Wednesday, November 17, 2010

States, Mortgage Lenders in Talks over Fund for Borrowers in Foreclosure Mess

State attorneys general and the country's biggest lenders are negotiating to create a nationwide fund to compensate borrowers who can prove they lost their home in an improper foreclosure, the Washington Post reported today. Discussions are continuing over the size of the fund, who would administer it and what kind of proof homeowners would have to present to get access to the money. However, there is a consensus between the lenders and state officials that some sort of financial remedy is necessary to avoid the turmoil that could result from homeowner challenges. Any settlement between the banks and attorneys general almost certainly would force lenders to put more resources into modifying the loans of homeowners who missed their payments, rather than rushing toward foreclosures, state officials said. The banks could also be barred from foreclosing on homeowners while simultaneously negotiating mortgage modifications.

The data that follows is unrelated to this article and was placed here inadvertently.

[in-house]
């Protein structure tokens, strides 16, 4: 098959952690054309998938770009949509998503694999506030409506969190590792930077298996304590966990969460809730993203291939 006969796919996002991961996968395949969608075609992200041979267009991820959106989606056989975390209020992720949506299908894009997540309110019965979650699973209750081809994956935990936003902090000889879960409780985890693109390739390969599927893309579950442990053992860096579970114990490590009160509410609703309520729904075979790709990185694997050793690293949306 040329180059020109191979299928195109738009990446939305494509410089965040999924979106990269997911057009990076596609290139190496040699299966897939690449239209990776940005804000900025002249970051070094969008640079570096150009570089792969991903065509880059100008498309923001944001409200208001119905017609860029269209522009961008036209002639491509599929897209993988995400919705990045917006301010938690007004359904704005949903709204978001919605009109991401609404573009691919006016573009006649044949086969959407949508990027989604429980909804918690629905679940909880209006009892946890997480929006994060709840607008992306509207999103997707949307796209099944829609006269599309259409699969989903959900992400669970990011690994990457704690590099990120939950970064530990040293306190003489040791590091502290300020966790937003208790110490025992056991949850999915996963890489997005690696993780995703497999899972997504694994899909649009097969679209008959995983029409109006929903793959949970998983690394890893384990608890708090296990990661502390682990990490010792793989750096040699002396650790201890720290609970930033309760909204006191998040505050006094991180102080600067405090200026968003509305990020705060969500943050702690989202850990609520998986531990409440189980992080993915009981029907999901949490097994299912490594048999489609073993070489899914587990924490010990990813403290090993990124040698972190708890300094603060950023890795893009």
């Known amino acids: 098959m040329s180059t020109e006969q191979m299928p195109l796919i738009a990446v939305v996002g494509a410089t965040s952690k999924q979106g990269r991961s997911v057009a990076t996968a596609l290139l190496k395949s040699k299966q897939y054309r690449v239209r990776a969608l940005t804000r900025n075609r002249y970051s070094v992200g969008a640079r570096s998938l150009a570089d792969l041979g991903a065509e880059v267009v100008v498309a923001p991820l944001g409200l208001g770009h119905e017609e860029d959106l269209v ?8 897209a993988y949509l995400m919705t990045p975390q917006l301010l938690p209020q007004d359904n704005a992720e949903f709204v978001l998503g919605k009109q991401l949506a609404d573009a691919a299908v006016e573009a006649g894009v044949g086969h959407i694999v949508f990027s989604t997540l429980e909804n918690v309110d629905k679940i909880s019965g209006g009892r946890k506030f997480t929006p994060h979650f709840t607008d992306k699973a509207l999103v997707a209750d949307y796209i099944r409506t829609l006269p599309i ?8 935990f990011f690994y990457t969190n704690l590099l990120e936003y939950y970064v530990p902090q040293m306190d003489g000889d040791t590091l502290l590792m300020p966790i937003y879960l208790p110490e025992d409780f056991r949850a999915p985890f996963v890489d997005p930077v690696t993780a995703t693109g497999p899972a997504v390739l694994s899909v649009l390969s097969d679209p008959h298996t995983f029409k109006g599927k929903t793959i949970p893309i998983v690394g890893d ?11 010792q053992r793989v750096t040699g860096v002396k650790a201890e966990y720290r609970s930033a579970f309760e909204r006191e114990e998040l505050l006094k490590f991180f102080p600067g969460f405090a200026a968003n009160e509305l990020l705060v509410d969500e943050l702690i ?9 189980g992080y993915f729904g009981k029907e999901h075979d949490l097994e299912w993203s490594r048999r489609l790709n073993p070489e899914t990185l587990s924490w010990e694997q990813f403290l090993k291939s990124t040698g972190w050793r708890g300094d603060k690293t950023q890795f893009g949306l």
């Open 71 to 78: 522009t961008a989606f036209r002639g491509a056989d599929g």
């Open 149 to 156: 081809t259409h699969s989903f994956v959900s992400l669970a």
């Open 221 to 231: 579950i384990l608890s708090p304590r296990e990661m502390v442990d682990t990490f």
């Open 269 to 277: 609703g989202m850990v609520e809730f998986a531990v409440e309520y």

In related news, Senate Democrats, drawing on testimony from a leading foreclosure expert on foreclosure, yesterday charged that the nation?s biggest banks appeared to have big financial reasons for moving at a snail's pace to modify mortgages of homeowners facing foreclosure, CongressDaily reported today. Sen. Tim Johnson (D-S.D.) who is in line to chair the committee in the next Congress, said that he had "serious concerns" that banks have been unwilling to offer more generous concessions on the first loans of troubled borrowers because they were afraid of taking big losses on their massive portfolios of second mortgages. Prof. Adam Levitin of Georgetown University Law Center testified before the Senate Banking Committee that the four biggest banks had more than $400 billion in second liens - roughly equal to their collective market capitalization. The banks carry those second mortgages and home-equity loans on their own books, and would be forced to take immediate losses if they were modified. "If they start writing off their second lien mortgages, they would have no capital. They would be insolvent," Levitin said. "That creates a strong incentive not to recognize losses and just try to pretend it is not there," Levitin said. Bank of America and Chase executives staunchly disputed Levitin's allegations, saying that second liens play no role in their decisions to modify first mortgages.